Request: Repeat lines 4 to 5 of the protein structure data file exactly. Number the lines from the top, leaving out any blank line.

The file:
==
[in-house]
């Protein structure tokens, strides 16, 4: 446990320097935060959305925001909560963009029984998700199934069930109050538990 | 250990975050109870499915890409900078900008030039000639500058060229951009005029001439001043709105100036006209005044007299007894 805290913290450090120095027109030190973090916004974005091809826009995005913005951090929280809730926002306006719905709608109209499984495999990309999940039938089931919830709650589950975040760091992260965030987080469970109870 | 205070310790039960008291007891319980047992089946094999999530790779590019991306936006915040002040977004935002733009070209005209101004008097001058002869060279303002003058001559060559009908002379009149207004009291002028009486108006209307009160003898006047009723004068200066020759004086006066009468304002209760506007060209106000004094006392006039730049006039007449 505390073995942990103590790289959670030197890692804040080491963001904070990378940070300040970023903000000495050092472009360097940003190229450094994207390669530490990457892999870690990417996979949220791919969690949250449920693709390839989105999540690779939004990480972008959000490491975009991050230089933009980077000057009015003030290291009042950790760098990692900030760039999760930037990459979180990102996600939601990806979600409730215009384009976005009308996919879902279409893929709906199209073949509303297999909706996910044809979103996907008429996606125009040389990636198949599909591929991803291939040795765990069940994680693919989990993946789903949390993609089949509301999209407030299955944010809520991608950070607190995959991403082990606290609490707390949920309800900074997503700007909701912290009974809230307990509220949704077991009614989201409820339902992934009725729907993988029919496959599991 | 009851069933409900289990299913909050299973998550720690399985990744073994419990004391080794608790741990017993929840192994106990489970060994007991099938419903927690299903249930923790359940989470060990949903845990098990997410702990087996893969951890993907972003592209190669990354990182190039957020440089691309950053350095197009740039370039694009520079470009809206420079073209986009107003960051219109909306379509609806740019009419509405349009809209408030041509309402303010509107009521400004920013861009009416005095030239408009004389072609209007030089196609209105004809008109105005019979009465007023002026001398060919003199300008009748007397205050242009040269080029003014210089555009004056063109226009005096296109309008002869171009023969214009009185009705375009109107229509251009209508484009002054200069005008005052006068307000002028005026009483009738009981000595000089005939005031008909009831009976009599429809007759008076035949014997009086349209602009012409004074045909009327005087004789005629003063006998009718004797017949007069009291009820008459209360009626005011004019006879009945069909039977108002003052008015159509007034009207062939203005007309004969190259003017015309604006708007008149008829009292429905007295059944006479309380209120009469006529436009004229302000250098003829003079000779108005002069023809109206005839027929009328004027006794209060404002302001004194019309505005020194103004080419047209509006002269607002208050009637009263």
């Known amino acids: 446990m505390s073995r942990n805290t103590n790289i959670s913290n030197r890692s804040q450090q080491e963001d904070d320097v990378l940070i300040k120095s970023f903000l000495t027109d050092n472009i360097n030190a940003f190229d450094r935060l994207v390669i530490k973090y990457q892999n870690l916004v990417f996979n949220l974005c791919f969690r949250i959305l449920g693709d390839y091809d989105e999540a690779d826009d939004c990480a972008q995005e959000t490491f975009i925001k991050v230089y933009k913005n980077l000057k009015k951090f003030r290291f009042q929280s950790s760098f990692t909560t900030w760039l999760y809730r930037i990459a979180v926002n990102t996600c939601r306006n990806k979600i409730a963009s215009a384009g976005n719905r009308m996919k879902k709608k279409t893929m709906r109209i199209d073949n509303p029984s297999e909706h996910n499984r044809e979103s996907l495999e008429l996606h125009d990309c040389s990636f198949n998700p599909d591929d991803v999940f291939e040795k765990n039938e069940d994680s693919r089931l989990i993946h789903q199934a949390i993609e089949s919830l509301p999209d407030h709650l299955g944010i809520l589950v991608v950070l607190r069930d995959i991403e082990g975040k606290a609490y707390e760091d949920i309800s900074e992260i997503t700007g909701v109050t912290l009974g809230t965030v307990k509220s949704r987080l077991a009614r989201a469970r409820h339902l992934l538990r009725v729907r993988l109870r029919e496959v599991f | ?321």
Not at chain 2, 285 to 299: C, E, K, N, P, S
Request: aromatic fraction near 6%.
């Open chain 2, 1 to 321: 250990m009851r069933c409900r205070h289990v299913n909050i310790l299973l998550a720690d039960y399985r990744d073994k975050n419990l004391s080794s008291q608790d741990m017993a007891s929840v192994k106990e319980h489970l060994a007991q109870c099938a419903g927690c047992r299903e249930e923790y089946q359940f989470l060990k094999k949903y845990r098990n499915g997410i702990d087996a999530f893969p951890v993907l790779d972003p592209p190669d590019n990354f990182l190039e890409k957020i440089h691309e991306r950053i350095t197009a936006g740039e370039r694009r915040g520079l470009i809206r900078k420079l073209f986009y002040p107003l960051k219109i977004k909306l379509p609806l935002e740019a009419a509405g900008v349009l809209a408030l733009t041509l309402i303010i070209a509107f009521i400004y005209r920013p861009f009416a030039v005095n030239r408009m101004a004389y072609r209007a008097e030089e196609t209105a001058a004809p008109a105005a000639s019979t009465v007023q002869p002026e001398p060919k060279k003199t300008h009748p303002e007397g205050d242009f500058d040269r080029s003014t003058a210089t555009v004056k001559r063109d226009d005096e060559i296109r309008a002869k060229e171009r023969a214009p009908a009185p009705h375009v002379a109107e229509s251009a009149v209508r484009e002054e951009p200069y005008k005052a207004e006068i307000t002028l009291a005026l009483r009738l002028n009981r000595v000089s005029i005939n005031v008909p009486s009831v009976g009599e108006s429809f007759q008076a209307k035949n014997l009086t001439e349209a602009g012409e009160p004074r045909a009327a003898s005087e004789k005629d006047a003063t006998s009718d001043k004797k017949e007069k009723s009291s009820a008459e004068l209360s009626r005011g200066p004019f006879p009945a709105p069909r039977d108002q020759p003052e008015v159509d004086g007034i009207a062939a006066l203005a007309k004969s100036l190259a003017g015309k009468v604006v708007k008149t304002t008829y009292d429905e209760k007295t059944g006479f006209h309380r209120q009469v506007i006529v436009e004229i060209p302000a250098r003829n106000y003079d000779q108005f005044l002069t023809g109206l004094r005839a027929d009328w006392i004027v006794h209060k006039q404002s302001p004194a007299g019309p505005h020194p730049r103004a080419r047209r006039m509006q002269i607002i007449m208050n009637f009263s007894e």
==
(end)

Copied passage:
Not at chain 2, 285 to 299: C, E, K, N, P, S
Request: aromatic fraction near 6%.